For items such as timber or metal, open-top containers have a soft covering, such as tarpaulin, rather than a solid roof. They are an ideal choice for when products need a crane or if cargo needs to be loaded through an end door. This is a more expensive option and comes in only 20ft and 40ft sized.
Common hurdles with Out of Gauge cargo
Due to its stature and specific needs, it’s not uncommon for shippers to come into issues when attempting to move larger cargo. Below, we address 5 of the most common issues and how to avoid them.
Sourcing large-enough equipment
If moving via road freight, you will require the assistance of vehicles that can accommodate this larger load. The owners will also have to have an Abnormal Load Permit if the overall dimensions of your shipment exceed 18.65m length, 2.90m wide or 44000kgs. If the load exceeds 5m in width, they will also need to acquire a Highway Authority Special Order BE16 Authorisation and may require a Police Assistant or Police Escort.
The best way to move past this hurdle is to work with a freight forwarder that has experience in the movement of road freight and oversized cargo.
Sea freight restrictions
International freight movement prohibits Out of Gauge cargo from being shipped in a closed shipping container. This means you’ll have to opt for an open-top or flat rack container instead – both of which demand different prices to a standard closed top. If using a flat rack, these can cause a shipment to exceed the UK Abnormal Load Permit restrictions and you’ll also have to pay for an NCB inspection at the port. If for any reason this inspection fails, there is an additional fee to re-secure.
Again, this can be avoided by working with an experienced freight forwarder who can advise on the best method for sea freight.
Not providing accurate specifications
The documentation for Out of Gauge shipments states that you must accurately list the dimensions of the cargo. If, when measured, this information doesn’t match up, you could face delays or financial prosecution.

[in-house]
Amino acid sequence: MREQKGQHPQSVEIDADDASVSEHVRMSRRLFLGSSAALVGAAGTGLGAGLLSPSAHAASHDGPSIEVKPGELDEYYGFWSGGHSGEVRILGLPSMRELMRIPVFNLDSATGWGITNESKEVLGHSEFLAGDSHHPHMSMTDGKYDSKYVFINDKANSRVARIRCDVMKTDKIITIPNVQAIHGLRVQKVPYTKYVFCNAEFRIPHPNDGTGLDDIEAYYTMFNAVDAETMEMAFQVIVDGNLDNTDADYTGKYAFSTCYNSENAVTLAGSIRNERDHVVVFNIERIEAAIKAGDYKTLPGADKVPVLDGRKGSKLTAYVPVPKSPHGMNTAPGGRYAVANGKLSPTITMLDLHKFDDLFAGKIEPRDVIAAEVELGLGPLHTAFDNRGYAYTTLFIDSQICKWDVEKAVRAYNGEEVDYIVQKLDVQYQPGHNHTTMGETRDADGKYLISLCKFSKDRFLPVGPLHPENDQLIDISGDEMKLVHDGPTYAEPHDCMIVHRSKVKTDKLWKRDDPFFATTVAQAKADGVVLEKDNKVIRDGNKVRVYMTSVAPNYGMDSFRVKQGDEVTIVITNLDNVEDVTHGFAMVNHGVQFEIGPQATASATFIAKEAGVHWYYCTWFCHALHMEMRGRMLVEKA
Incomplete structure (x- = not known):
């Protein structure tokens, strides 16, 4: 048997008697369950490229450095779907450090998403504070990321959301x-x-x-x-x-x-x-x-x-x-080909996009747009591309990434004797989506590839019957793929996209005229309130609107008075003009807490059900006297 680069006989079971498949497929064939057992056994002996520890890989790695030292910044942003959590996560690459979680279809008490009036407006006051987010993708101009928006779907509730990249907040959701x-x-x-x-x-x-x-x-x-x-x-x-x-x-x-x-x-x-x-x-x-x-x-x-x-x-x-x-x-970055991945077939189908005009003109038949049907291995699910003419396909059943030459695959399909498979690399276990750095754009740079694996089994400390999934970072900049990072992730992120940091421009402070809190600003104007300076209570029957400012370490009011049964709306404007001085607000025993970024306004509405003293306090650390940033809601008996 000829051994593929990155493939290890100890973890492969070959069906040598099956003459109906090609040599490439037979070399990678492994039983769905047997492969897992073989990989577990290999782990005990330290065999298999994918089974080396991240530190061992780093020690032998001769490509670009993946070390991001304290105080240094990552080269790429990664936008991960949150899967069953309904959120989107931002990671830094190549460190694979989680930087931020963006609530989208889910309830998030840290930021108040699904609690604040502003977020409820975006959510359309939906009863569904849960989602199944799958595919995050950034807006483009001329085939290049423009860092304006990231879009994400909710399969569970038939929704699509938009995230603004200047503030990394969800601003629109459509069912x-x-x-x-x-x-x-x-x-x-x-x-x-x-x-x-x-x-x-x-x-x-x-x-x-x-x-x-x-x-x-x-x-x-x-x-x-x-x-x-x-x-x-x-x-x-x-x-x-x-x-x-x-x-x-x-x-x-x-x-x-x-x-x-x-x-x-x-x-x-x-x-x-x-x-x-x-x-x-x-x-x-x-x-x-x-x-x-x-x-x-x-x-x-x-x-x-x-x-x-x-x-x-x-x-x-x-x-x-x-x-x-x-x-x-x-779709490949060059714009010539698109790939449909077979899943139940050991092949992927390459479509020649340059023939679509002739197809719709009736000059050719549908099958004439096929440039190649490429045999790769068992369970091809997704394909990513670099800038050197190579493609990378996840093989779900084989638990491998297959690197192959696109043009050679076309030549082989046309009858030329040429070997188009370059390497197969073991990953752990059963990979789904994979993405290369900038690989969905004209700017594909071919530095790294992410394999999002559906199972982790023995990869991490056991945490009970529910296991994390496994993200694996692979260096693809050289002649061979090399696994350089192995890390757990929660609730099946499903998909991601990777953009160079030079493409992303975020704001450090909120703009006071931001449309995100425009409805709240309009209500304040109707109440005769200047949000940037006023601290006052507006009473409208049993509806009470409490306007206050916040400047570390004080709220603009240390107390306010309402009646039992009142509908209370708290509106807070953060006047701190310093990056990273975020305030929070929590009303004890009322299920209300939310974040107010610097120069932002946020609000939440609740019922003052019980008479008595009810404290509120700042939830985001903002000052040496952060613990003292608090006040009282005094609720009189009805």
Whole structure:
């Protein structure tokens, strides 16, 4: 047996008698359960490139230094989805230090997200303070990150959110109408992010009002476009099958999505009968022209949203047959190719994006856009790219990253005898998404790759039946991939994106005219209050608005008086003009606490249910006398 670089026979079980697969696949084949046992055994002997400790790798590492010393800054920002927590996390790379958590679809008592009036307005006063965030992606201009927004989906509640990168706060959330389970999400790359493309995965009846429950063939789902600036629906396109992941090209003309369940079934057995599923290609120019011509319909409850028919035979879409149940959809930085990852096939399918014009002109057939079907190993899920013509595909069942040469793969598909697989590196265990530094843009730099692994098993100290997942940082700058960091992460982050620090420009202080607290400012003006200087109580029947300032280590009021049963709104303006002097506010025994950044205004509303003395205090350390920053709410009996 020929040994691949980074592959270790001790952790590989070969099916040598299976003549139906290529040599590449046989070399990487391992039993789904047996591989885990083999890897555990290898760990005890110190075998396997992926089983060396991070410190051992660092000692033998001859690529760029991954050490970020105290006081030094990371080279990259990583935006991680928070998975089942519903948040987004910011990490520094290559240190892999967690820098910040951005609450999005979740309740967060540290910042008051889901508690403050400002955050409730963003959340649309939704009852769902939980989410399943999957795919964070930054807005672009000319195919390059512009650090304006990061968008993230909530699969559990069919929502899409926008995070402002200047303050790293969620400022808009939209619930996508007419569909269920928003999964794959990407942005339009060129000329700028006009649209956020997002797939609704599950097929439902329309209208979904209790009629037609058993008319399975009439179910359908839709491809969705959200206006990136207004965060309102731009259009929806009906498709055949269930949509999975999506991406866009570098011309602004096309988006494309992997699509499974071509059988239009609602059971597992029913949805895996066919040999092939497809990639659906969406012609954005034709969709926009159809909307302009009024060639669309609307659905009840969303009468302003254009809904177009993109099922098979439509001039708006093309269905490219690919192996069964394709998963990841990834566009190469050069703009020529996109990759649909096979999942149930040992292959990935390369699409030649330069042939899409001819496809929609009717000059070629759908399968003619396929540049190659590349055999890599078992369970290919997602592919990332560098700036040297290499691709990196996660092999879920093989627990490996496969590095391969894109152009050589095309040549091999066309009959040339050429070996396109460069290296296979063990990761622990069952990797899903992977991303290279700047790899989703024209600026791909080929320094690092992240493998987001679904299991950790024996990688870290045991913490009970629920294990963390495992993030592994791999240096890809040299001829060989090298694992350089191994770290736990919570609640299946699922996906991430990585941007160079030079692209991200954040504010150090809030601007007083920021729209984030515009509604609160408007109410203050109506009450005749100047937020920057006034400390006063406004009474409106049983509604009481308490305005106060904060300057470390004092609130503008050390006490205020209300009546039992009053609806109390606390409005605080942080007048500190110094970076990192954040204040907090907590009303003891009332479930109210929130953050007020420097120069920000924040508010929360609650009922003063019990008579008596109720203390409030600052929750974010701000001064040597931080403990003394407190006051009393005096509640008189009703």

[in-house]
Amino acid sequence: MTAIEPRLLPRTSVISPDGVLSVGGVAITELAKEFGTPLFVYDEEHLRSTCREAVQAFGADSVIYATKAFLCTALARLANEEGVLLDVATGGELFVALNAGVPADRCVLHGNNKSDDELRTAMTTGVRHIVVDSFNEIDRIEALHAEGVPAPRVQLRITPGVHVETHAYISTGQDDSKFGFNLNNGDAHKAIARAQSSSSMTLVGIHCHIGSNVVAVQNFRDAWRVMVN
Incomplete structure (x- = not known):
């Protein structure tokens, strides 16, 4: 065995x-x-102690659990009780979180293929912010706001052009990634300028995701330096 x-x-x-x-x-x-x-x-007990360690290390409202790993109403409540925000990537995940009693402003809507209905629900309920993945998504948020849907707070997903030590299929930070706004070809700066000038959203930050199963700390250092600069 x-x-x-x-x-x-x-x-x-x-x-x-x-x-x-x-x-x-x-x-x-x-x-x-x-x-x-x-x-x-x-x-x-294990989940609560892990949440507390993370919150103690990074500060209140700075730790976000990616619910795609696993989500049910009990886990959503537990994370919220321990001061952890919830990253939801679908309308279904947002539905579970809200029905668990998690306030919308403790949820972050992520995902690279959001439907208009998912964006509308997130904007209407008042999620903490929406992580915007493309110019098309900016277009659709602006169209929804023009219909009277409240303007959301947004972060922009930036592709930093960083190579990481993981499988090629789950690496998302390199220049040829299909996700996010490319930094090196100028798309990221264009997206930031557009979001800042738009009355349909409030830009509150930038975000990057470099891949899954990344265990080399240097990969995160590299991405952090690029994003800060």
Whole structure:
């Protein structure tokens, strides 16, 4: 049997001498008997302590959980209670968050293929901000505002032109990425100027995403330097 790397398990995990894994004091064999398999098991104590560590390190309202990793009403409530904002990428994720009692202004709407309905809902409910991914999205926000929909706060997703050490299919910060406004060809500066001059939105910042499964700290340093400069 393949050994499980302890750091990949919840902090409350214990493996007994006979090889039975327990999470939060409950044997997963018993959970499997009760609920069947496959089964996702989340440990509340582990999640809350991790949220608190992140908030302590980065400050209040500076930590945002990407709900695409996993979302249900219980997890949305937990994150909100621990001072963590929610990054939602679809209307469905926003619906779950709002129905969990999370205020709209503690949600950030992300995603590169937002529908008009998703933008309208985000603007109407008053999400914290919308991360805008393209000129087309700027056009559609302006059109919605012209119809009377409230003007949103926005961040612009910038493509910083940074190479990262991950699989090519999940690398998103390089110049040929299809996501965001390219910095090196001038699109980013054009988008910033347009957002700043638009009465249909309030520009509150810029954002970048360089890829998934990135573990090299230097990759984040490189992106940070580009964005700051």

The best way to avoid this is to have technical drawings created for the load.
Improper lashings or securing methods
The risk to safety if an Out of Gauge shipment moves is significant. Plus, the financial implications associated if the cargo is damaged could be enough to put a company out of business. NCB inspections at port ensure the product is safe for sea freight but it should be secured at all points throughout the journey. Freight forwarders have a wealth of contacts and information that can be used to ensure safety is kept paramount at all times.
Larger shipments are more expensive to transport. They require specialist vehicles, lashings, paperwork etc. If you’re not accustomed to moving larger cargo shipments, these costs can begin to add up. Again, working with an expert is one such way to avoid this – allowing you to control the associated costs effectively.
Let Radius Warehouse and Logistic Services help
With over 20 years of experience in the industry, our team has worked with many clients to ship cargo of all different shapes and sizes. We’re here to help you tackle the complexities that go hand-in-hand with international shipments. If you would like more information on the logistics of Out of Gauge shipments or would simply like to discuss your project, get in contact with us today.